Personal Trainer Fakes Weight Loss for Before-After Pics

Andrew Dixon shows how angles and lighting play a role in those too good to be true photos.
2:34 | 07/25/13

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Transcript for Personal Trainer Fakes Weight Loss for Before-After Pics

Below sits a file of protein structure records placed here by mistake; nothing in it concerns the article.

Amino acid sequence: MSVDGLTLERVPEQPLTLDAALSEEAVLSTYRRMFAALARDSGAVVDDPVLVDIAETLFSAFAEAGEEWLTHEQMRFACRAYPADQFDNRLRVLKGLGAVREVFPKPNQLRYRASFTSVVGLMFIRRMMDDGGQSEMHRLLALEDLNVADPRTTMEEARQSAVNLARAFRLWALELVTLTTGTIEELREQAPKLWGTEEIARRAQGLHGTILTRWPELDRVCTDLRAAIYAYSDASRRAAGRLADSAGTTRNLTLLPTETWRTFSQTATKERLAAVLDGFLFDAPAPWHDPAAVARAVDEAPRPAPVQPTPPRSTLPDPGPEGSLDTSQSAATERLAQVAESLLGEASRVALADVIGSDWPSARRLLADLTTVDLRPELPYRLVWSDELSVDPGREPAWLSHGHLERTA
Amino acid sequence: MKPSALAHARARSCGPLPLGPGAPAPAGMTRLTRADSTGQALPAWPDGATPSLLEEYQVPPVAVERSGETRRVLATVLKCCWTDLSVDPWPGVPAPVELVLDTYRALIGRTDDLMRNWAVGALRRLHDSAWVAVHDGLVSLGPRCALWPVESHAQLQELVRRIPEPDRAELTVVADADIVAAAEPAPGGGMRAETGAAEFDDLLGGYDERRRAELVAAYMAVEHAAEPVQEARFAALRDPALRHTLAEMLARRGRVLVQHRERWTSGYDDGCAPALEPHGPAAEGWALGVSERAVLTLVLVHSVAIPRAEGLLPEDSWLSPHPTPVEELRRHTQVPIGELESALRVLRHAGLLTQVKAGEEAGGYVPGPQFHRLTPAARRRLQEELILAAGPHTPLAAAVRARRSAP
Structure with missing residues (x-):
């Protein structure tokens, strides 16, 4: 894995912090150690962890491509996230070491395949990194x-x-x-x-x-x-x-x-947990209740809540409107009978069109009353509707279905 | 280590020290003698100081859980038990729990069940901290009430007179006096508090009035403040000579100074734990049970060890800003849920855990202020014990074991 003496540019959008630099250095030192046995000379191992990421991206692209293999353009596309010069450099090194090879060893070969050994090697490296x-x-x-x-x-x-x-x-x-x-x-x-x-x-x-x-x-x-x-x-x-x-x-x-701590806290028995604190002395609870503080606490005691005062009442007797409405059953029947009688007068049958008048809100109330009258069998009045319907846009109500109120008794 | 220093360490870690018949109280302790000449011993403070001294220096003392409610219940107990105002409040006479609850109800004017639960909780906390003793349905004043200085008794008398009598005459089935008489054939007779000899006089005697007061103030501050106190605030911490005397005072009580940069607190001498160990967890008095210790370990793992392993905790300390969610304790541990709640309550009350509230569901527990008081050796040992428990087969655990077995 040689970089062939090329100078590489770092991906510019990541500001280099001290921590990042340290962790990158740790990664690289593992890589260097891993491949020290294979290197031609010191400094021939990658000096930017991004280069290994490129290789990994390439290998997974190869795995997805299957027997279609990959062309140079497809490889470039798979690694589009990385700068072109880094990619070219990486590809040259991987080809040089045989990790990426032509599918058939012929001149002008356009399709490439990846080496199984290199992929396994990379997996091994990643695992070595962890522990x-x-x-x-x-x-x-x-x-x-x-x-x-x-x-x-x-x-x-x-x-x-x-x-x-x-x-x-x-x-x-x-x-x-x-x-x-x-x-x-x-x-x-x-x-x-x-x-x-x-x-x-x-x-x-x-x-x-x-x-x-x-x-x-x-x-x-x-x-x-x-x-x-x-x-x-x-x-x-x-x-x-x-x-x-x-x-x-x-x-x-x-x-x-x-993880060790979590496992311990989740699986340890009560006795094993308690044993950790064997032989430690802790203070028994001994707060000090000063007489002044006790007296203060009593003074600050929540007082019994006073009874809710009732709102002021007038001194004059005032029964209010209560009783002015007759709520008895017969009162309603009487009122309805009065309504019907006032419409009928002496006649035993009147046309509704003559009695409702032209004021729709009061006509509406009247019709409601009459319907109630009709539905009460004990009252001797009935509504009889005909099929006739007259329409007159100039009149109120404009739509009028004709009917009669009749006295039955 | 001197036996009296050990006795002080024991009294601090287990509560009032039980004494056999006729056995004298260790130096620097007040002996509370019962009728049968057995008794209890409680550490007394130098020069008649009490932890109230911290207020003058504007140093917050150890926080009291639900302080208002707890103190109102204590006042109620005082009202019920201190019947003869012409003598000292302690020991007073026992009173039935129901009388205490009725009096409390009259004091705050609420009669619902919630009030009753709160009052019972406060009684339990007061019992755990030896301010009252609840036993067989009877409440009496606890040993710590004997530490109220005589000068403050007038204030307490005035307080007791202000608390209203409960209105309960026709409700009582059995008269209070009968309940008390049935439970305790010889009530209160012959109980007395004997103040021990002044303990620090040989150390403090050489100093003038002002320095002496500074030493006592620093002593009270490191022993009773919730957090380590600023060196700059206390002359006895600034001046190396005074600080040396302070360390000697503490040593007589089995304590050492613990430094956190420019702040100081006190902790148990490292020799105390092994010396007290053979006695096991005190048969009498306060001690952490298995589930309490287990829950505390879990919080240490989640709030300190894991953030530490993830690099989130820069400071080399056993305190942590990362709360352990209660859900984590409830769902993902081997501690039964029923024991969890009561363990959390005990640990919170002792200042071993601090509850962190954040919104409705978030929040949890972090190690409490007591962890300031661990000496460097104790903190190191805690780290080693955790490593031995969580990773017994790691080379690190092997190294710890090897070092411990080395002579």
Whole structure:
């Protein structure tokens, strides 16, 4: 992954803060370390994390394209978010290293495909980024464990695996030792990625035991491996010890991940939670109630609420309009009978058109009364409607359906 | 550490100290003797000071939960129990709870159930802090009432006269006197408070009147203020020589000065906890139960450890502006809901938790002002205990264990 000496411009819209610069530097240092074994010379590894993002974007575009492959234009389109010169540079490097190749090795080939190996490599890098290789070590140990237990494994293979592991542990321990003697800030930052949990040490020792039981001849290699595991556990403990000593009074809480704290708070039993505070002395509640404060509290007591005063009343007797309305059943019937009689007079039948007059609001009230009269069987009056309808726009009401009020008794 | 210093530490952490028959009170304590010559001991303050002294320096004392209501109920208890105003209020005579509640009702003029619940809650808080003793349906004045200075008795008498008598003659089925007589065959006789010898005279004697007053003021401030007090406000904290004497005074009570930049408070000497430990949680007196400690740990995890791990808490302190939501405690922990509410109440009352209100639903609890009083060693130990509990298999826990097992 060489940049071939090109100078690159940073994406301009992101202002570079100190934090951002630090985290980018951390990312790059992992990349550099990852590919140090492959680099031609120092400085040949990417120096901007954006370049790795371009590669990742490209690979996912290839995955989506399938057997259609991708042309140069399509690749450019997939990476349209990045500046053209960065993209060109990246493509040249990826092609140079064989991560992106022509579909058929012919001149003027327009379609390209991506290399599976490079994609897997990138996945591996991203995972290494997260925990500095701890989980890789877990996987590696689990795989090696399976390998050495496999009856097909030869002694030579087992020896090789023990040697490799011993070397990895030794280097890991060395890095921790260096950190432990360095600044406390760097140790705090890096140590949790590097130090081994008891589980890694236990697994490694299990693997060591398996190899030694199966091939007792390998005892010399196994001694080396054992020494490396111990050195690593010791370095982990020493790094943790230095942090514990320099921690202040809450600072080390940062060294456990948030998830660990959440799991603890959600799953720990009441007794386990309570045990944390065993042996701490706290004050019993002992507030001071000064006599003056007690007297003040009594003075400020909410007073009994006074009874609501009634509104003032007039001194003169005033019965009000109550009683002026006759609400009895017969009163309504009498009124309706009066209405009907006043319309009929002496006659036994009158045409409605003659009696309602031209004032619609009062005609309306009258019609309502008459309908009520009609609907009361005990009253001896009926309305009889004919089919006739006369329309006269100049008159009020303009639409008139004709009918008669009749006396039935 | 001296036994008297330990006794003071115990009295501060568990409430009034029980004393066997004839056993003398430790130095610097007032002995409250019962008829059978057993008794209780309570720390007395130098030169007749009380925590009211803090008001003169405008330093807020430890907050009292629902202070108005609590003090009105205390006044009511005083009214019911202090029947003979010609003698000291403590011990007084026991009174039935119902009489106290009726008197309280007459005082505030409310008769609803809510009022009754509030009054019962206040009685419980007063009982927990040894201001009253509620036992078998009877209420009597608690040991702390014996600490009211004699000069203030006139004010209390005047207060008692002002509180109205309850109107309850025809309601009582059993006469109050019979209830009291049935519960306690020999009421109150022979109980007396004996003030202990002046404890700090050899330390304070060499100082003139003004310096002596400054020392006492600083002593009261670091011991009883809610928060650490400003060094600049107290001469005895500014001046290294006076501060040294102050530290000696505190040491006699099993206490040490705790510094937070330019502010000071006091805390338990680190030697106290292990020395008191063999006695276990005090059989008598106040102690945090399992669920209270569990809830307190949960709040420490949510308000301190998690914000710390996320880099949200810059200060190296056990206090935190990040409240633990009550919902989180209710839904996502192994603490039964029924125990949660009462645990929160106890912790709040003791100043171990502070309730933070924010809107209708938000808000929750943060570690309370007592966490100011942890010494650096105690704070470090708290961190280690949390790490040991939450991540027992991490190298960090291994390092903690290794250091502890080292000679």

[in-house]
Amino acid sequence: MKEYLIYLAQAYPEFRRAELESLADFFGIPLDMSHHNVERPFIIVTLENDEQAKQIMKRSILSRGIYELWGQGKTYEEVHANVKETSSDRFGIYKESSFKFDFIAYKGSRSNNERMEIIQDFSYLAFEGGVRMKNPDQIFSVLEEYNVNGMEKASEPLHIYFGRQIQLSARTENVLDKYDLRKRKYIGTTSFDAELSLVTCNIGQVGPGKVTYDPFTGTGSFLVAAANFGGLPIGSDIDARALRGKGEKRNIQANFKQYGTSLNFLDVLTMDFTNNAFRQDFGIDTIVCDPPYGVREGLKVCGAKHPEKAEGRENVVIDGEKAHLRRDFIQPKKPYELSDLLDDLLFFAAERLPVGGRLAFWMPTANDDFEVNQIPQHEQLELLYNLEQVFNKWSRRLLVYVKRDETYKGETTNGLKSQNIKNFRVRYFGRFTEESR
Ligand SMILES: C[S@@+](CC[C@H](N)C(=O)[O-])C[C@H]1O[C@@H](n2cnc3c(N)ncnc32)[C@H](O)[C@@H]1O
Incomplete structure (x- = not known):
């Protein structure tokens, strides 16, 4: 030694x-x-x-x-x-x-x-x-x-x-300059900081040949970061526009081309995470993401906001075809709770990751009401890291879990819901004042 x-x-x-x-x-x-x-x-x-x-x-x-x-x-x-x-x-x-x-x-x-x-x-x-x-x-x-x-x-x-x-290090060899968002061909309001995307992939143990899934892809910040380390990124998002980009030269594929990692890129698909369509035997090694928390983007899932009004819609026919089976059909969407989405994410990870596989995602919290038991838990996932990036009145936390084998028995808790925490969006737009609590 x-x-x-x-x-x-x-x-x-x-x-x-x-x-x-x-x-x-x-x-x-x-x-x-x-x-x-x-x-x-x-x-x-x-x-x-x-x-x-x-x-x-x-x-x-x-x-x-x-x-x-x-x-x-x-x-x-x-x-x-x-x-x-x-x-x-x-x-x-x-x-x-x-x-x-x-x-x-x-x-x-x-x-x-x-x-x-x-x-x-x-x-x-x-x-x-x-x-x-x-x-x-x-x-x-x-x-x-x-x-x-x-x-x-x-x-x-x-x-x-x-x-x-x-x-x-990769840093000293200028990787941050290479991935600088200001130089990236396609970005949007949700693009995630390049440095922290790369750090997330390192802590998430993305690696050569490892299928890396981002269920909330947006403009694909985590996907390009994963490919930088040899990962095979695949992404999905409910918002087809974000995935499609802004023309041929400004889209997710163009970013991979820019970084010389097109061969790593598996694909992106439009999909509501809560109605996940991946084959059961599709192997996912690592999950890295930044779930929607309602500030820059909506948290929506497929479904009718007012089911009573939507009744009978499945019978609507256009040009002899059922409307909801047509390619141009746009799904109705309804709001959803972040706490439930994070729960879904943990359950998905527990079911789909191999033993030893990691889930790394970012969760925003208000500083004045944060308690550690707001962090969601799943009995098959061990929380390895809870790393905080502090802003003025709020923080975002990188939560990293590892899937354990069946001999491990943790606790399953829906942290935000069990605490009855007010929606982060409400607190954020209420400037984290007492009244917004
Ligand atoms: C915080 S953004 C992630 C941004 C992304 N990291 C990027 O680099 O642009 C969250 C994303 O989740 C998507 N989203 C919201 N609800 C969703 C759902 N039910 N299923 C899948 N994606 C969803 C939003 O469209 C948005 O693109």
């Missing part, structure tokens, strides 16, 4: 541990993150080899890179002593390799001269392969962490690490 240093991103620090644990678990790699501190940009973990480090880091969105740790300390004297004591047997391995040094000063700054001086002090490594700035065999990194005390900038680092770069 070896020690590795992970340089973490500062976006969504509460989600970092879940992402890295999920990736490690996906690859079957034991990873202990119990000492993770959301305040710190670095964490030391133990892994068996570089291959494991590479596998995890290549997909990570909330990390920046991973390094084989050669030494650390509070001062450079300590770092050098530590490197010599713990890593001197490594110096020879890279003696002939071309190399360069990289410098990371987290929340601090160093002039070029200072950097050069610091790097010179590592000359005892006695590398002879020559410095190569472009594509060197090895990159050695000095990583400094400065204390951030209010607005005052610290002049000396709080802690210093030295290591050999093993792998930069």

The personal trainer busting the myth on some of those dramatic weight loss transformation photos. He says you can easily fake those pics. And bianna, you will show us how it's done. Reporter: Say it ain't so. We've seen the before and after photos that shows someone dropping lots of weight. You won't believe how one trainer was able to go from fat to fit, thanks to tricks by good angles and lighting. Check it out. Too often, they look too good to be true. Before and after photos, enticing internet and magazine readers worldwide to join weight loss programs. This photo attracted internet attention. Transforming his 205-pound body with no diet, no exercise and no medication. The secret, mostly lighting. I shaved my beard. Shaved my chest. Got the lighting optimal. Reporter: His transformation tricks are to prove a point. Andrew dixon has been a personal trainer for 11 years. Recently transplanted to california. Alarmed how heavyweight consumers can be fooled by fake photos hurting legitimate businesses. Big companies like weight watchers offer support groups that help people stick to their long-term goals. Those are mostly reputable. But there are a lot of shady adsout there. Reporter:36-year-old dixon demonstrated how he can fool the eye. First, slouching for a before, big-belly photo in average lighting. Then, shaving his chest and smearing it with coconut oil. Shining is important for the after-shot. Reporter: Highlights six-pack abs. Same body, different impression. If you look at an after picture and the person is younger, tanner, not slouching, if they're leading with their llies in the before picture, those photos aren't telling the whole story. Weight loss success comes down to diet, exercise and sustainability. And you need a long-term plan. People need to be aware that this is a possibility when they're looking at those after-shots. So, buyer beware. Going back to the adage if it looks too good to be true, it probably is. We were talking about how you can manipulate a photo by your facial expression. Especially, the before -- we're looking at the after-shot there, with sam. The lighting, just right. And oil, shaving, and possibility. It's called takeaway.

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